Friday, January 30, 2015

 Murder - Passion
Book Report - "The Trials of Maria Barbella"

Here is a report on a fascinating book written by Idanna Pucci.  This true story is about the infamous Maria Barbella, who in 1895 slit her lover's throat and was sentenced to be the first woman to be executed in the newly invented electric chair.  She is rescued by a wealthy Italian countess, however, and the story delivers a healthy dose of Italian culture and immigrant history.  

Those of you who have read my book, "1800 Kilometers in a Fiat 500", know the importance I place on history and culture in the practice of Italian genealogy.  Idanna's book is loaded with both.  I highly recommend reading her masterful story.  It should be available at your local library.

Here is my review of this book. 

The Trials of Maria Barbella by Idanna Pucci

I first discovered Maria Barbella several years ago. I had just googled my name, in search of potential family members, and to my surprise, several of the top search engine hits had to do with this woman, Maria Barbella (see; I quickly learned that she was the first woman to be sentenced to die in the recently invented electric chair at Sing Sing Prison in Ossining, NY.

All of a sudden, I thought I had discovered just why it was that my own Mom and Dad never talked about the Barbella family to their children.

Some months later I learned about Idanna Pucci's book, The Trials of Maria Barbella. I couldn't wait to get a copy from the local library. When the book finally came, I was treated to much more than a story about the Barbella family. Indeed, Idanna captured not only the story, but a vivid picture of the conditions in which our immigrant relatives lived at the turn of the 20th century.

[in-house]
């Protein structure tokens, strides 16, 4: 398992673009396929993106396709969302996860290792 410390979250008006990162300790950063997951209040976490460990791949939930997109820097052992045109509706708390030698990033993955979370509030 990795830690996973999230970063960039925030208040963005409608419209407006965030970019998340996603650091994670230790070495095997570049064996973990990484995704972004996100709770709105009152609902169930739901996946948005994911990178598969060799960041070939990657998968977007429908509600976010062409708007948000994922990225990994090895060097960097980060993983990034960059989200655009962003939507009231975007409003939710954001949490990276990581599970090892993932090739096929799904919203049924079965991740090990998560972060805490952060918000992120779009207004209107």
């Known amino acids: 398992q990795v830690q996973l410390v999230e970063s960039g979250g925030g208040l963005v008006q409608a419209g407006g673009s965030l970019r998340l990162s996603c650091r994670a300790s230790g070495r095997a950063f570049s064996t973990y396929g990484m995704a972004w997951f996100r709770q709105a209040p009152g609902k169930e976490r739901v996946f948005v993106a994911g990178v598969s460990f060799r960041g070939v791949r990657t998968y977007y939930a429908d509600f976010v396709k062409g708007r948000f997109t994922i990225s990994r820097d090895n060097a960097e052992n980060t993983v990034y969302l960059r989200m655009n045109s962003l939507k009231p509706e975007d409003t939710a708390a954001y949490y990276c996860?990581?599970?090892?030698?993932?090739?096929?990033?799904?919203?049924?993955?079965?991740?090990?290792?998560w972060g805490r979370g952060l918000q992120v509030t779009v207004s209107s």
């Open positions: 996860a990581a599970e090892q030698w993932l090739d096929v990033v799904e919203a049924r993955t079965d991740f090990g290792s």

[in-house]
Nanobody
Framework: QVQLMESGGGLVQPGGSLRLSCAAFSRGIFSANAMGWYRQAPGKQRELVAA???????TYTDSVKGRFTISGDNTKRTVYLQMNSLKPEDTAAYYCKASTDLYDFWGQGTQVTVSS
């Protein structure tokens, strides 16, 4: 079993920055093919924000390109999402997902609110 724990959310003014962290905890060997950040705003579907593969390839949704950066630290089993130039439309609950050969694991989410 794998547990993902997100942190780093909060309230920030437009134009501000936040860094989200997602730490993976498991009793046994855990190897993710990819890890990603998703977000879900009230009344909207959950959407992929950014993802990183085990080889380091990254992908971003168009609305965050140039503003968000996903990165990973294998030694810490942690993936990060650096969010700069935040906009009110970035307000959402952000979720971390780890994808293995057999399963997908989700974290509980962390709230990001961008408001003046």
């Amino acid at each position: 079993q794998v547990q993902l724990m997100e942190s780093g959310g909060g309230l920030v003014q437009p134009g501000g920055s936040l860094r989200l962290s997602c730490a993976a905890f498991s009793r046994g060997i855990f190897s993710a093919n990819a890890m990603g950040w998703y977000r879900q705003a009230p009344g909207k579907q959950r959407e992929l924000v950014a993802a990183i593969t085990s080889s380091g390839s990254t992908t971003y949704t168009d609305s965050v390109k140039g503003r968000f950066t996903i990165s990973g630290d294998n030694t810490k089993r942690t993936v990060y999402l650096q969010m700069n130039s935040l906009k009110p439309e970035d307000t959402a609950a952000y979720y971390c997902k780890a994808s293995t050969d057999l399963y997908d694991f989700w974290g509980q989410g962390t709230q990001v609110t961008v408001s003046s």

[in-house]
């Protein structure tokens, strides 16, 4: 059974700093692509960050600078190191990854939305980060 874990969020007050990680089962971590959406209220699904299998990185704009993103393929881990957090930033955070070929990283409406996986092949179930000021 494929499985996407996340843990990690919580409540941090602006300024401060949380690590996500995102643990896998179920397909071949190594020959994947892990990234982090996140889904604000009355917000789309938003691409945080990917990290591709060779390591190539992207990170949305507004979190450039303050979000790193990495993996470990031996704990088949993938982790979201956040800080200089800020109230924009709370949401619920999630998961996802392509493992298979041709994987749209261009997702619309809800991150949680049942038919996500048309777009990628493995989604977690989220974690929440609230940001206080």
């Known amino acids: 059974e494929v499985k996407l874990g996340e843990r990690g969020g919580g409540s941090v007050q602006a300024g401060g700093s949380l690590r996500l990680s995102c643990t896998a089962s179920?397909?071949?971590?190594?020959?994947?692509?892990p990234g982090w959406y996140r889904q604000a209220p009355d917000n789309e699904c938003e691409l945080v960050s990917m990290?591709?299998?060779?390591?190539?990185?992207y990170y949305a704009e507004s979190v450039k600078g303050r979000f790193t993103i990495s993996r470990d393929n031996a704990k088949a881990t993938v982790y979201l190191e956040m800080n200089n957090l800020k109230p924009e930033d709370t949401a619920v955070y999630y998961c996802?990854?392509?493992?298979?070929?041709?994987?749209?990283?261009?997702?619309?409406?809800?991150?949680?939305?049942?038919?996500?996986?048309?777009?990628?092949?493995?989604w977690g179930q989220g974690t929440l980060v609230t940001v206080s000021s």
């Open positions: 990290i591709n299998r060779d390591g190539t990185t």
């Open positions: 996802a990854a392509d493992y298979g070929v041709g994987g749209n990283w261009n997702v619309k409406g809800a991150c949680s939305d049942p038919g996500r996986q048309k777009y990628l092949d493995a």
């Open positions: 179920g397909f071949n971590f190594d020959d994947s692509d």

In telling this story, Idanna Pucci bridges the rich and the poor; she takes us from 1890s New York to Italy; she details how Italians clung to their beliefs here in the USA. She tells the story, not only of Maria Barbella, but of her own great grandmother, the American born Countess Cora Slocomb di Brazza.

Maria Barbella had immigrated to America with her parents in the late 1800s. Like most immigrant families, the Barbellas were poor, and all had to work to eke out their meager existence. Maria was a seamstress, and unfortunately got herself mixed up with the local shoe shine man, Domenico Cataldo.

Domenico seduced Maria, but promised to marry her shortly. Little did Maria know that Domenico's wife and children were still living in Italy. When it became evident that Domenico had no intention of marrying her, a wall of shame surrounded and stiffled her. She took a razor from Domenico's apartment and went to the bar where he was playing cards. She slit his throat and rather than watch him slowly die, she calmly returned to the apartment.

Maria was arrested tried and convicted.

Artist rendition of Maria Barbella

Meanwhile in Italy, the Countess di Brazza read newspaper accounts of the trial with uncommon interest. When Maria was found guilty and sentenced to die in the electric chair, the Countess took action. She sympathized with Maria. She intuitively realized that Maria's inability to speak English was working against her. Cora Slocomb sailed to New York, and she used her money and considerable influence to force a retrial.

I will let you read the book to determine the outcome of that second trial.

I learned many things from reading this book. I learned about the conditions our ancestors lived in. I learned about the enormous obstacle illiteracy posed these pioneers of our heritage. I gained insight into the “Italian mindset”, and Italian customs and traditions. I found this book so satisfying that I purchased several copies, and handed them out to my cousins.

I highly recommend this book. I believe you will enjoy the story.

Peter Barbella (@figliodiSassano)

Postnote:  The book explains that Maria and her family came from the small town of Ferandino, in Southern Italy.  It is some 50 kilometers east of Sassano, where my great grandfather was born.   One of my goals, for a future date, will be tracing our families to see if there is a connection.  It will be a difficult task, but the Barbella name is fairly uncommon, and you never know.  Thanks for reading.

1 comment:

  1. I had to read this post with a title like that! Fascinating story.